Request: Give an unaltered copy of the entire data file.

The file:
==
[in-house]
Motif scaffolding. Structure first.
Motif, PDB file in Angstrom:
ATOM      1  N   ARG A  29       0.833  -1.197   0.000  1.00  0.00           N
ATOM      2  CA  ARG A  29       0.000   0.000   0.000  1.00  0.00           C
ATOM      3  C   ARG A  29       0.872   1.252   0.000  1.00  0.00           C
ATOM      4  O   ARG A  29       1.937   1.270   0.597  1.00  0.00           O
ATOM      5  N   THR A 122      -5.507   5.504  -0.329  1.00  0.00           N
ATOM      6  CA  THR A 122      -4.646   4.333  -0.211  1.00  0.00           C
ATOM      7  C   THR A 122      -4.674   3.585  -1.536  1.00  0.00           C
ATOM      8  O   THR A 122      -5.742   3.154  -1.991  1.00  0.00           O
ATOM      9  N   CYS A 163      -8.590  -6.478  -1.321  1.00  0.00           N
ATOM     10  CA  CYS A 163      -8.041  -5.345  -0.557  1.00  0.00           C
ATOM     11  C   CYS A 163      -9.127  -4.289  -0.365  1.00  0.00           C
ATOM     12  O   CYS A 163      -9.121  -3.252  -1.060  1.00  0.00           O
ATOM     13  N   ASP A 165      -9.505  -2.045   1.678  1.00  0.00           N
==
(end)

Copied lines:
[in-house]
Motif scaffolding. Structure first.
Motif, PDB file in Angstrom:
ATOM      1  N   ARG A  29       0.833  -1.197   0.000  1.00  0.00           N
ATOM      2  CA  ARG A  29       0.000   0.000   0.000  1.00  0.00           C
ATOM      3  C   ARG A  29       0.872   1.252   0.000  1.00  0.00           C
ATOM      4  O   ARG A  29       1.937   1.270   0.597  1.00  0.00           O
ATOM      5  N   THR A 122      -5.507   5.504  -0.329  1.00  0.00           N
ATOM      6  CA  THR A 122      -4.646   4.333  -0.211  1.00  0.00           C
ATOM      7  C   THR A 122      -4.674   3.585  -1.536  1.00  0.00           C
ATOM      8  O   THR A 122      -5.742   3.154  -1.991  1.00  0.00           O
ATOM      9  N   CYS A 163      -8.590  -6.478  -1.321  1.00  0.00           N
ATOM     10  CA  CYS A 163      -8.041  -5.345  -0.557  1.00  0.00           C
ATOM     11  C   CYS A 163      -9.127  -4.289  -0.365  1.00  0.00           C
ATOM     12  O   CYS A 163      -9.121  -3.252  -1.060  1.00  0.00           O
ATOM     13  N   ASP A 165      -9.505  -2.045   1.678  1.00  0.00           N